Bring back the menstrual hut.
[quoteright]People in the Western world are generally proud of the distance they have come from the cultures they once possessed, and of the habits which are still common in much of the rest of the world. However, as we have learned over the past 20 years, our vaunted progress is often illusory. Much that was good about the past has been frivolously abandoned merely because it was old, and when it was too late, people learned why their forbears had preserved their customs. By then, however, it is often too late. The ritual has been lost, the names of the gods forgotten, the hymns reduced to nursery rhymes.
In the case of the menstrual hut, however, we are fortunate. It can still be recovered.
Now, you may well be asking, why do I advocate a return to a practice that grew out of a fear and loathing of this most natural of women's functions, the monthly shedding of the unused lining of the womb? This attitude was accompanied by the fear and loathing of women in general, though which came first is a chicken and egg sort of question that can probably not be answered at this late date.
By way of answering, let us examine the phenomenon. Each month, when a woman's menses arrived, she left her usual home and chores and went to live in the hut. There, shunned by the rest of the village, she waited until her "curse" was past. The list of beliefs about the magical properties of menstruating women and their issue would probably fill a volume of the average encyclopedia. A menstruating woman could curdle milk or blight crops with a glance, despoil weapons and tools with a touch, and steal the strength and luck of any hunter or warrior foolish enough to have intercourse with her. It should not be a surprise that she was isolated and avoided.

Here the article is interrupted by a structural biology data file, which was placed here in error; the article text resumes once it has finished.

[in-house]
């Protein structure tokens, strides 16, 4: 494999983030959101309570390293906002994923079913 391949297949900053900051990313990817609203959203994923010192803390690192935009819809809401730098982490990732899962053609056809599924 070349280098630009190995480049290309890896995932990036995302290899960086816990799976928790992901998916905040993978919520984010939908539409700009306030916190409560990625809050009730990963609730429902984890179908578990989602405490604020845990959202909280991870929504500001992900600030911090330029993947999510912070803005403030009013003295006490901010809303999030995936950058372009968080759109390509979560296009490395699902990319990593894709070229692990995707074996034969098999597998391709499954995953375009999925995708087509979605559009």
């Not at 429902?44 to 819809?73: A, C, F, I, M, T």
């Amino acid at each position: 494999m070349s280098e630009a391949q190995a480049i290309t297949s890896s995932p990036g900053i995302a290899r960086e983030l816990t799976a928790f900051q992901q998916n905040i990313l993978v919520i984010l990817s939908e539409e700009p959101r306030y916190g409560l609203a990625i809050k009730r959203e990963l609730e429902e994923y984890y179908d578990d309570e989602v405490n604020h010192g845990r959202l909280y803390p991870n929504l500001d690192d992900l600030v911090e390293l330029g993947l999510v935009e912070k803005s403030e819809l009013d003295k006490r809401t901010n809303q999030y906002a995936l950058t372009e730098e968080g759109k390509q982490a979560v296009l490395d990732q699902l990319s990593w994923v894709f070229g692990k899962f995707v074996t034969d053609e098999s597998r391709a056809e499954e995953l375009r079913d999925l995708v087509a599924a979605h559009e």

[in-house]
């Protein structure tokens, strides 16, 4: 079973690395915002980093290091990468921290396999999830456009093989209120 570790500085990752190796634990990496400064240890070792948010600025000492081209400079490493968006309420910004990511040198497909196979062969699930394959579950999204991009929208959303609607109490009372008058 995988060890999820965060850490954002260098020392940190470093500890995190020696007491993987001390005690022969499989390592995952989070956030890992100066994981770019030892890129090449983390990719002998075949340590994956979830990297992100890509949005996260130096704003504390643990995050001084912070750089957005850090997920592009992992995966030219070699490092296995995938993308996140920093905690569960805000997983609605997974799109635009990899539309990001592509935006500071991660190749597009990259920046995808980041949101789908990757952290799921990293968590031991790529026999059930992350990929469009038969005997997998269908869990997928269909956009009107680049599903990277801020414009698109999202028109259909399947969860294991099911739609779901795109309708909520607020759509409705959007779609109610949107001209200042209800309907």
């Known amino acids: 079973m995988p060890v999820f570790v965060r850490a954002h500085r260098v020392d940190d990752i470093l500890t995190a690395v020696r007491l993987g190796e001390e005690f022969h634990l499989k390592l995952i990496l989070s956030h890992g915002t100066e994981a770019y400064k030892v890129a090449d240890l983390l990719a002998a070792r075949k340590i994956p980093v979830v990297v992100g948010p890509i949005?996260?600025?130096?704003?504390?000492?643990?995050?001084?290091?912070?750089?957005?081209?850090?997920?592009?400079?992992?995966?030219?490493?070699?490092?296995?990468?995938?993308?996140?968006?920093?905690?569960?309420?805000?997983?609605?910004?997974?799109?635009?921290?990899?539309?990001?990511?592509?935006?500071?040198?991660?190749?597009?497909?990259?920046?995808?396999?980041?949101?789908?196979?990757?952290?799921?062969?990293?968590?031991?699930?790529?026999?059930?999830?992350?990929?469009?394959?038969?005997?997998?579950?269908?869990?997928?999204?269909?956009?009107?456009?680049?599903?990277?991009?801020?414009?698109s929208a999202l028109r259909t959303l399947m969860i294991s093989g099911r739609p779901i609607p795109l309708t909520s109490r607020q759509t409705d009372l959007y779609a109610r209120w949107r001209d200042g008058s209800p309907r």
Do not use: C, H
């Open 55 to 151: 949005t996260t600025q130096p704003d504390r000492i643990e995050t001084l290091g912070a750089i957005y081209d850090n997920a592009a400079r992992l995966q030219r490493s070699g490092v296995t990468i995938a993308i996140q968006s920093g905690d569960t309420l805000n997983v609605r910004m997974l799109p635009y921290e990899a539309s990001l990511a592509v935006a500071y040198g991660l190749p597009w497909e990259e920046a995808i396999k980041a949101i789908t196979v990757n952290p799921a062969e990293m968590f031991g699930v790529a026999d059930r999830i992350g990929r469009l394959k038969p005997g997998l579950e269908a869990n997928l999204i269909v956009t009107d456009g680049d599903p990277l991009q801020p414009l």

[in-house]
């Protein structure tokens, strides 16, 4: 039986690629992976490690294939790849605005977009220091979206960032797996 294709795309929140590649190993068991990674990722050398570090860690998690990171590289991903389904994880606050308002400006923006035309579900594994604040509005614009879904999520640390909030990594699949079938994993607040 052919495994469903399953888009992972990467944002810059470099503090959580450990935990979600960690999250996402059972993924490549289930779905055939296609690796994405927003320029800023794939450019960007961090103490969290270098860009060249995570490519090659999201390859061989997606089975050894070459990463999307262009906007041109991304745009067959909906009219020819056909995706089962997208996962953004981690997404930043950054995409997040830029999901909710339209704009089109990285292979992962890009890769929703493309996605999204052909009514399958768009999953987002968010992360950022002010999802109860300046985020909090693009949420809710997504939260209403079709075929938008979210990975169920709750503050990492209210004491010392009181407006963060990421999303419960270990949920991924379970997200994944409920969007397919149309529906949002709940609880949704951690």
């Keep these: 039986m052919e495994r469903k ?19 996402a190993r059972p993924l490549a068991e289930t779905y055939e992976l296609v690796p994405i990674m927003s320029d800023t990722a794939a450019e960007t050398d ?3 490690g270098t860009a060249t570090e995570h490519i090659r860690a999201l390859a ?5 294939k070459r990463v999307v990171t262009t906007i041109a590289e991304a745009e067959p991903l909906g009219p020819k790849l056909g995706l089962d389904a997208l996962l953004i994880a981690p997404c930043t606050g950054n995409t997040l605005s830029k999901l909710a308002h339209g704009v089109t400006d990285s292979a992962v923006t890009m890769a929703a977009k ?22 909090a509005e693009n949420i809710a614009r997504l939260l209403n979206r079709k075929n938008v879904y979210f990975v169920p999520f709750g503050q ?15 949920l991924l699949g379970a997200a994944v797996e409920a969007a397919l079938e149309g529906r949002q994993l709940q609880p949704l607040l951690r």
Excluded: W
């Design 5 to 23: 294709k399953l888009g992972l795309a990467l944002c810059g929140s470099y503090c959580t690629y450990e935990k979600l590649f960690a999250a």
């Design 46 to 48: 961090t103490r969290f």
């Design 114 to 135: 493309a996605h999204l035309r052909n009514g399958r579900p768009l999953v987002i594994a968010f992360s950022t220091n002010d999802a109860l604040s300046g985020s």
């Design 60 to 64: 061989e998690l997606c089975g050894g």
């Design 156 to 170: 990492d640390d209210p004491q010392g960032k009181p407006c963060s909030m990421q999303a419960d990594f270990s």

But let us look at it from the woman's point of view. She was able to leave behind her children, her husband's family (with whom she probably lived), her usual obligations, and all the water-hauling, food-gathering, pig-tending, fuel-seeking tedium of her everyday life. She was not only free of her usual activities, she was forbidden from engaging in them. It is not recorded what sort of activities were permitted at the menstrual hut. I would surmise that no useful arts were permitted, since any craft engaged in would result in an item that was unclean and therefore unusable.
It was, in short, a rest. And what woman, whether hunter-gatherer, assembly line operator, or modern executive on her way up, could not use five days a month in which nothing was demanded of her, no one would bother her, and she could not be required to postpone her departure until everyone else's needs were taken care of? Furthermore, the revived menstrual hut will have new traditions and a new image. It will not be a place of shame, to which women slink and in which they wait in loneliness and disgrace, until they can purify themselves and come home to wait on their families again. It will be seen as a place of rest and retreat for some of the busiest people in a society: young women, who often have children to care for, household tasks to do and perhaps also a full-time outside job. It should be the place where women come as to a resort, to meet with their friends and leave their ordinary cares to others; where women can practice their menstrual magic, long despised but also recognized as potent, connected as it is with the engendering of human life.
The new menstrual hut will sit among the trees, surrounded by a high wall to keep intruders out. It will have places of quiet, where a woman may think, read, or just sit. It will have places to gather that are open to moonlight. It will have a pharmacy for those who suffer under the monthly ebb and flow of hormones. It will have few chores, just cooking and tidying up for oneseif and for each other – not for ungrateful children, husbands and in-laws. What else it has will be limited only be the imaginations of the women who come there.
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